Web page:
On Friday of this past week I listened in on the quarterly earnings call for Moody’s*. While there was no discussion about the company shifting its tax domicile, I started to think about the implications if Moody’s or other companies moved overseas.

Under the law, the management is elected by and responsible to its shareowners. In the case of Moody’s and most “American” companies the vast majority of their direct and indirect holders are Americans. Either they own shares directly or they are part of  some collective; a mutual fund, 401(k), defined benefit plan, non-profit endowment, etc. Each would benefit if his or her investment paid lower taxes which should translate into higher earnings and dividends and in turn should increase the investor’s wealth and ability to spend money largely in the US. Thus the economy would benefit.
            * Stock owned by me personally and/or by the private financial services fund I manage.

There is another class of company that is growing faster outside the US than within perhaps due to both taxes and regulations. Moody’s is one of these. The needs for its services continues to grow faster outside. In order to serve those needs, they employ people overseas.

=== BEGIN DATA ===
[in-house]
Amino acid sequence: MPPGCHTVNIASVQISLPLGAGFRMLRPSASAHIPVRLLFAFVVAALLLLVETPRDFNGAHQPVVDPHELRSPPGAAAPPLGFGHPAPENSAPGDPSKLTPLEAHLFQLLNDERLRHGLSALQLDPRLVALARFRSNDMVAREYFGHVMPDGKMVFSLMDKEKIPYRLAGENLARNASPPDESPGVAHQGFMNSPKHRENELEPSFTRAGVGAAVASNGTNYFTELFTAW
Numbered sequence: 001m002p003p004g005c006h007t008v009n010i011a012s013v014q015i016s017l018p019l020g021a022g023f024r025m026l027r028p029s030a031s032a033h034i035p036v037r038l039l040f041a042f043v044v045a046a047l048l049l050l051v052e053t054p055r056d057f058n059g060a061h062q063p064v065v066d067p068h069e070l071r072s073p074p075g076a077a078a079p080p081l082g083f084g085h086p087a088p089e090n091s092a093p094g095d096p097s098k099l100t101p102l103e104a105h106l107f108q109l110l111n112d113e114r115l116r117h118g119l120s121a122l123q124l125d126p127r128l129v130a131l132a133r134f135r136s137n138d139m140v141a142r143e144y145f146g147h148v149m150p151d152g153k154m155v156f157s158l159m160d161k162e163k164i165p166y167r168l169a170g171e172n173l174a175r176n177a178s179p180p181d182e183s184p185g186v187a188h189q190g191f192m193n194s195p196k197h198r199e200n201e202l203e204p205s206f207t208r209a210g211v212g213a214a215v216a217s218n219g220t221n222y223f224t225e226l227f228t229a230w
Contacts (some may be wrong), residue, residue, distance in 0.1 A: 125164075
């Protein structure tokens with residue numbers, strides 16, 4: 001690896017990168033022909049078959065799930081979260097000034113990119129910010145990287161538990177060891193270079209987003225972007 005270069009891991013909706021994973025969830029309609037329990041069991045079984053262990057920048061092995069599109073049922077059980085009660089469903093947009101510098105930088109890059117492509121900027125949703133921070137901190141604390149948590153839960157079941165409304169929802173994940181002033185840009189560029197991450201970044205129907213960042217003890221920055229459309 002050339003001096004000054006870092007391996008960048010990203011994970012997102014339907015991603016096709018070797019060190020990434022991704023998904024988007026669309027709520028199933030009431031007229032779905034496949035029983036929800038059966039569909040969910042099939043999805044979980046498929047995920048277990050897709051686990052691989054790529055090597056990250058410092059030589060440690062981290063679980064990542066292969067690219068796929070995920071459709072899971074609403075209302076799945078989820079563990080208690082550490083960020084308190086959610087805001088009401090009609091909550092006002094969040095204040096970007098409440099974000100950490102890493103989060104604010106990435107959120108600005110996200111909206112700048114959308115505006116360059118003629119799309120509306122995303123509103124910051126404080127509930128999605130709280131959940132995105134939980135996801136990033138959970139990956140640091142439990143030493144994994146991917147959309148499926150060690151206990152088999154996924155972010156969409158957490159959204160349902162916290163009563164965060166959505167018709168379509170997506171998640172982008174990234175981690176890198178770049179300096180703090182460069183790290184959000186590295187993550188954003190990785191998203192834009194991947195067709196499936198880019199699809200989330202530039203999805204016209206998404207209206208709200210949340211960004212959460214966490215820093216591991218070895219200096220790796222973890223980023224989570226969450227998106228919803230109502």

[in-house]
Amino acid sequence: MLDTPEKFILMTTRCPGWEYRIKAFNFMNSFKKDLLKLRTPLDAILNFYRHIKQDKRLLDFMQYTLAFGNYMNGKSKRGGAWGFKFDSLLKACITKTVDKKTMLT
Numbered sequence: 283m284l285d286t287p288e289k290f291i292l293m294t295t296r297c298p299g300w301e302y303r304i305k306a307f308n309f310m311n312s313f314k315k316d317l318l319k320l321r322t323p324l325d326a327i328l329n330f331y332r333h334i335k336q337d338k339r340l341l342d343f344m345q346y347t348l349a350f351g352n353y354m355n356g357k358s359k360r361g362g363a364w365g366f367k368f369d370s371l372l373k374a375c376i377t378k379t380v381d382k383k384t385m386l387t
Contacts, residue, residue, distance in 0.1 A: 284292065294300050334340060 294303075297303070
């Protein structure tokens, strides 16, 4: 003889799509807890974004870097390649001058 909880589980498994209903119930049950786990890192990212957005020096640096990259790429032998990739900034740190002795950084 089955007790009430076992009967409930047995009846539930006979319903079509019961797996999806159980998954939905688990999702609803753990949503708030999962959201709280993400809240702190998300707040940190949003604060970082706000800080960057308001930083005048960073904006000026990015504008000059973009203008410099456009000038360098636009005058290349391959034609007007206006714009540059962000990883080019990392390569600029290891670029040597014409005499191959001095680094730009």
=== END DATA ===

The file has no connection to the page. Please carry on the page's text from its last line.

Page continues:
Years ago when I was the owner of Lipper Analytical Services two of our five offices were overseas. We had these offices to service our American Mutual Fund clients. We like many others were in effect, following the flag as carried by major financial institutions. This in turn led to discussions with a foreign buyer who recognized from its own global perspective the value of global suppliers to the global investment management business. While I did not directly create an inversion, by selling to a foreign owner some of our taxable earnings went offshore. If the politicians attempt to stop US companies from reducing the potential returns to their US shareholders, these shareholders will be replaced in part by non-US holders and our tax take will be reduced.